How can I be arrested and put on a curfew without even had my day in court?

I was arrested because the police believe they have probable cause that I committed a robbery. However, no evidence was ever collected from my house or person. I believe someone has just made a claim that I committed such an act. I bonded out of jail and the police department asked the judge could they put a GPS monitoring ankle bracelet on me and give me a 7 pm to 6 am curfew. How can this be legal what ever happen to due process like for one I’m innocent (and have to pay all this money to prove so) and I haven’t even had my day in court yet? I feel as tho my civil rights are being violated.

Asked on May 29, 2012 under Criminal Law, North Carolina

Answers:

Kevin Bessant / Law Office of Kevin Bessant & Associates

Answered 8 years ago | Contributor

Anytime you have been arrested and arraigned on criminal charges, regardless of your guilt or innocence, the court has a right to set certain bond conditions. These bond conditions can include the court authorizing a GPS tether to track your whereabouts before trial. This is perfectly legal and is not a violation of your due process rights or civil rights. If you feel the bond conditions are excessive or inappropriate, you can always retain counsel, or have a court appointed attorney argue for reduced bond conditions or even the removal of the tether, but you must show good cause for its removal, such as the fact that you will not be a flight risk and will return for all your court appearances.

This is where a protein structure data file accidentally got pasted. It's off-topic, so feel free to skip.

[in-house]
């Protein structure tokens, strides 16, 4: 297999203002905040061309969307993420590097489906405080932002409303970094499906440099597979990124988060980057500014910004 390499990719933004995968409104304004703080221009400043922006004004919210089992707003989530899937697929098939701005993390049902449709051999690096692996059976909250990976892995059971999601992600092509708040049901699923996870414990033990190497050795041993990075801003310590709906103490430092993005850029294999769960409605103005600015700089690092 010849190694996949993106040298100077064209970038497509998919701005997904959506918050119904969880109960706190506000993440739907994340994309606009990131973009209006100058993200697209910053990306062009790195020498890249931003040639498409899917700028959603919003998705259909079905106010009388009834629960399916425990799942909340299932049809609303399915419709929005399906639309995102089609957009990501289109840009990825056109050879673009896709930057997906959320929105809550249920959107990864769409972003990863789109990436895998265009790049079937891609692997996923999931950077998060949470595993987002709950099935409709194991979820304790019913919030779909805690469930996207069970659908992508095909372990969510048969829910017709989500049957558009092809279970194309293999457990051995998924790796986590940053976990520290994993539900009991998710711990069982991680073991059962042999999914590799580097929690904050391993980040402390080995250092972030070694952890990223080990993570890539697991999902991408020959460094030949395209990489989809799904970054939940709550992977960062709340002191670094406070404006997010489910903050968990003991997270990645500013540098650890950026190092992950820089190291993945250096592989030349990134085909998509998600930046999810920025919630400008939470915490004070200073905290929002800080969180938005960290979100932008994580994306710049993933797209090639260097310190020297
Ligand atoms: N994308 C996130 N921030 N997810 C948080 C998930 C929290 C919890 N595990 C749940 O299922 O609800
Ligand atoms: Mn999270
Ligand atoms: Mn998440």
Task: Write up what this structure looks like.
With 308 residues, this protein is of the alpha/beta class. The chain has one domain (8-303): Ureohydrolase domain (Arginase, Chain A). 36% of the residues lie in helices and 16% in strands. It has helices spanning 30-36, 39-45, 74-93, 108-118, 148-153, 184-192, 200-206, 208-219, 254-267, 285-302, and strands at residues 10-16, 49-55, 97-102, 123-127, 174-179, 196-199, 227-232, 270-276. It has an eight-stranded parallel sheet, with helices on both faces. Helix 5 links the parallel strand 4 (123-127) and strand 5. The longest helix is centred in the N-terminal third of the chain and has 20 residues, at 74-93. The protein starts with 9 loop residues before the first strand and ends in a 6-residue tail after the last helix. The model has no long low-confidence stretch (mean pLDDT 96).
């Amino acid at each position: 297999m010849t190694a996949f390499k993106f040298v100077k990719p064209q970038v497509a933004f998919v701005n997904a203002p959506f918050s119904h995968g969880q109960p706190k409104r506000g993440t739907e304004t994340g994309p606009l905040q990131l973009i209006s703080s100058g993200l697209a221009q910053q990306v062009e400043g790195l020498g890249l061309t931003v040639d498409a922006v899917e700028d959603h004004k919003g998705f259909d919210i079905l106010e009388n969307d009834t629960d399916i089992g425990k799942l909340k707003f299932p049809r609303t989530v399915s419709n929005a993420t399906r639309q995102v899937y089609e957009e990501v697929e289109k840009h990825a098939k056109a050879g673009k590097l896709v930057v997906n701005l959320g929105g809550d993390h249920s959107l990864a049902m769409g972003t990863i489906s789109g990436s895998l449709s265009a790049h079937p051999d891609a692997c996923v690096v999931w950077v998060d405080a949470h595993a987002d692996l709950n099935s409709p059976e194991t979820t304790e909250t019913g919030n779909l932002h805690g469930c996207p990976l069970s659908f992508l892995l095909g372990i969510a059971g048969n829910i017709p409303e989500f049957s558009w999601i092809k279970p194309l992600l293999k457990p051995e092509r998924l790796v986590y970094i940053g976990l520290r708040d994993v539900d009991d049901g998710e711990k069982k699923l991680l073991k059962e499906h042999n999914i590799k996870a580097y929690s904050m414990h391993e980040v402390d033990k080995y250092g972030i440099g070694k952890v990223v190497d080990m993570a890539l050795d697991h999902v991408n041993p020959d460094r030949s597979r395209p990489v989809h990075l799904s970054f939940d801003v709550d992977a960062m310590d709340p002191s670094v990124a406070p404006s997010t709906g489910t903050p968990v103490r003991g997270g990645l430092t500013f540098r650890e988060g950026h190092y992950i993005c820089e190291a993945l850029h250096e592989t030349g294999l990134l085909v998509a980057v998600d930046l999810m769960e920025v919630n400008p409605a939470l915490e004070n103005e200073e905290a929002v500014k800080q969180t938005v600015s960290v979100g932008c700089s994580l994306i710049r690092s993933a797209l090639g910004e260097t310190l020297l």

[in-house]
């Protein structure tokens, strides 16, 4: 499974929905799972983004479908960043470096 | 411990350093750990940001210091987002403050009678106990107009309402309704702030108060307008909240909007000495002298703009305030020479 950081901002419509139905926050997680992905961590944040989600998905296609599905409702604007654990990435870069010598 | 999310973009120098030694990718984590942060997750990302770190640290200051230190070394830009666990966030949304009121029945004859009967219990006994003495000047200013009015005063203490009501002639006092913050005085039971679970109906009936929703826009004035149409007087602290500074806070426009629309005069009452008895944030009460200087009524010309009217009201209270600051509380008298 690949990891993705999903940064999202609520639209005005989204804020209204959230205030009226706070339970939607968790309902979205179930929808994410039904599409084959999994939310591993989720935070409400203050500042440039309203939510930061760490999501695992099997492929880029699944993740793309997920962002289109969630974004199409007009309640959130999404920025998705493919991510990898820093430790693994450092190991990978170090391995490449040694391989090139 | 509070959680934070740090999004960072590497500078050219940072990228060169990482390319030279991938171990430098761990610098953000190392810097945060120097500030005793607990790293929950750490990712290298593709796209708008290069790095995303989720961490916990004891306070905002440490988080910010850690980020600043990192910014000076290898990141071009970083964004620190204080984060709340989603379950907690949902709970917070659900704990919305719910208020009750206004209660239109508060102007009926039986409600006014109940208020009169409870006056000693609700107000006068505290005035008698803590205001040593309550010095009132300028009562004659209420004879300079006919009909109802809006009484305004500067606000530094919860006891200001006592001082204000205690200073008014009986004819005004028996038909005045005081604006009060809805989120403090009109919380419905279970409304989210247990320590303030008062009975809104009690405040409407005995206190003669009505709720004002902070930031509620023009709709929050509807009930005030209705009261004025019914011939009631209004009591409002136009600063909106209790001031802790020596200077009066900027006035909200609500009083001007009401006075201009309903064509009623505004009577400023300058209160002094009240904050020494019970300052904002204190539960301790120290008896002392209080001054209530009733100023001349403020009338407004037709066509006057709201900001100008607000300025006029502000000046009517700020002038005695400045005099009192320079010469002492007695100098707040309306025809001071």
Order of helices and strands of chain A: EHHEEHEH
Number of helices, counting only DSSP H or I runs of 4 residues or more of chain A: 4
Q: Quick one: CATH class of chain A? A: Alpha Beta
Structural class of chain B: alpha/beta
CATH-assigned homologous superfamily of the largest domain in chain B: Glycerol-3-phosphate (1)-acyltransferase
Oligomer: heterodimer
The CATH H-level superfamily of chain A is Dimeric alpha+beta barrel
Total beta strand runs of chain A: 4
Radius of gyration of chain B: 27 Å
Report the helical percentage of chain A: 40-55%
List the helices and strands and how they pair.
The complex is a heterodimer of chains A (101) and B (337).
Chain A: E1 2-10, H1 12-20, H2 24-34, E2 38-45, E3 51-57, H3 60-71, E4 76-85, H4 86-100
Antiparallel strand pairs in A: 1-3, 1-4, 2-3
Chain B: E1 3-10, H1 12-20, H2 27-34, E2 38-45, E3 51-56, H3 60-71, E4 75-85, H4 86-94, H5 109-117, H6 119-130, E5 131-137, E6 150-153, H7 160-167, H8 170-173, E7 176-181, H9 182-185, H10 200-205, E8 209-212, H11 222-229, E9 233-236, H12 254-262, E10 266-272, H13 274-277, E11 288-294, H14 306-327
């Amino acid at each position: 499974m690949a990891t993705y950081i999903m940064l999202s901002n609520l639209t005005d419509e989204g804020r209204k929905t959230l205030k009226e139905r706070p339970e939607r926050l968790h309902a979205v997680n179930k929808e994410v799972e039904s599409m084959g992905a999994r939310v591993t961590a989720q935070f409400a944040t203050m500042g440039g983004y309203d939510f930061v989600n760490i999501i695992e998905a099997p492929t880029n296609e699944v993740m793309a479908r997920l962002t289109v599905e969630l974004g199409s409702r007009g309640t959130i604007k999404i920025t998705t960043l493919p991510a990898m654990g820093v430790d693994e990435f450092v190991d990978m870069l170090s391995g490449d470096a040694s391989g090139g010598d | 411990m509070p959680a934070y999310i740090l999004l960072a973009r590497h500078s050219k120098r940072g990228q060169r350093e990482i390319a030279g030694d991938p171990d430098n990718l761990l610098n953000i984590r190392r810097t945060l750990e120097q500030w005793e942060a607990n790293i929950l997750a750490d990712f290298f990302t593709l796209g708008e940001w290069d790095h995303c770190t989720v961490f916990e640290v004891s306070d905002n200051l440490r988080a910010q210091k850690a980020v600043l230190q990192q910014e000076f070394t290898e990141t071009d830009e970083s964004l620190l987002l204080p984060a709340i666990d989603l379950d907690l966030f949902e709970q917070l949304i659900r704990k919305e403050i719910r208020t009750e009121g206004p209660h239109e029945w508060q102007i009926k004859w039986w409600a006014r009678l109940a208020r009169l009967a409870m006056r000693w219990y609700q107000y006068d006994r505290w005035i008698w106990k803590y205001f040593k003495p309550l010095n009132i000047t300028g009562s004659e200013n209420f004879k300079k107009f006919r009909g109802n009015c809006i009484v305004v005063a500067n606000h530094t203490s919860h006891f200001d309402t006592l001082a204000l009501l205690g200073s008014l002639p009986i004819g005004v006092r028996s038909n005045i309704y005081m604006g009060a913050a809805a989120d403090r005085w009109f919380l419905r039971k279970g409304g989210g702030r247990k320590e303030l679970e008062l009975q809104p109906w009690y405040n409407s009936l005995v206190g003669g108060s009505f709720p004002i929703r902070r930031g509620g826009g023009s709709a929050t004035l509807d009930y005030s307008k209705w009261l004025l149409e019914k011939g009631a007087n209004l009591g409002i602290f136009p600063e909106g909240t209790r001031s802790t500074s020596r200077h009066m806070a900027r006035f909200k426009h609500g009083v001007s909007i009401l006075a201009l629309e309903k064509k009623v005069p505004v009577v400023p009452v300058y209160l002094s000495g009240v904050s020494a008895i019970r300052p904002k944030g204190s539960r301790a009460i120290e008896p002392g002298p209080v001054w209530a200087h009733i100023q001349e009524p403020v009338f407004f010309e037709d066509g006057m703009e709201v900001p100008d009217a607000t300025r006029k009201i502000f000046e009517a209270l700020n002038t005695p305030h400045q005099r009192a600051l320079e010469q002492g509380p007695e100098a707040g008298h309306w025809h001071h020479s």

IMPORTANT NOTICE: The Answer(s) provided above are for general information only. The attorney providing the answer was not serving as the attorney for the person submitting the question or in any attorney-client relationship with such person. Laws may vary from state to state, and sometimes change. Tiny variations in the facts, or a fact not set forth in a question, often can change a legal outcome or an attorney's conclusion. Although AttorneyPages.com has verified the attorney was admitted to practice law in at least one jurisdiction, he or she may not be authorized to practice law in the jurisdiction referred to in the question, nor is he or she necessarily experienced in the area of the law involved. Unlike the information in the Answer(s) above, upon which you should NOT rely, for personal advice you can rely upon we suggest you retain an attorney to represent you.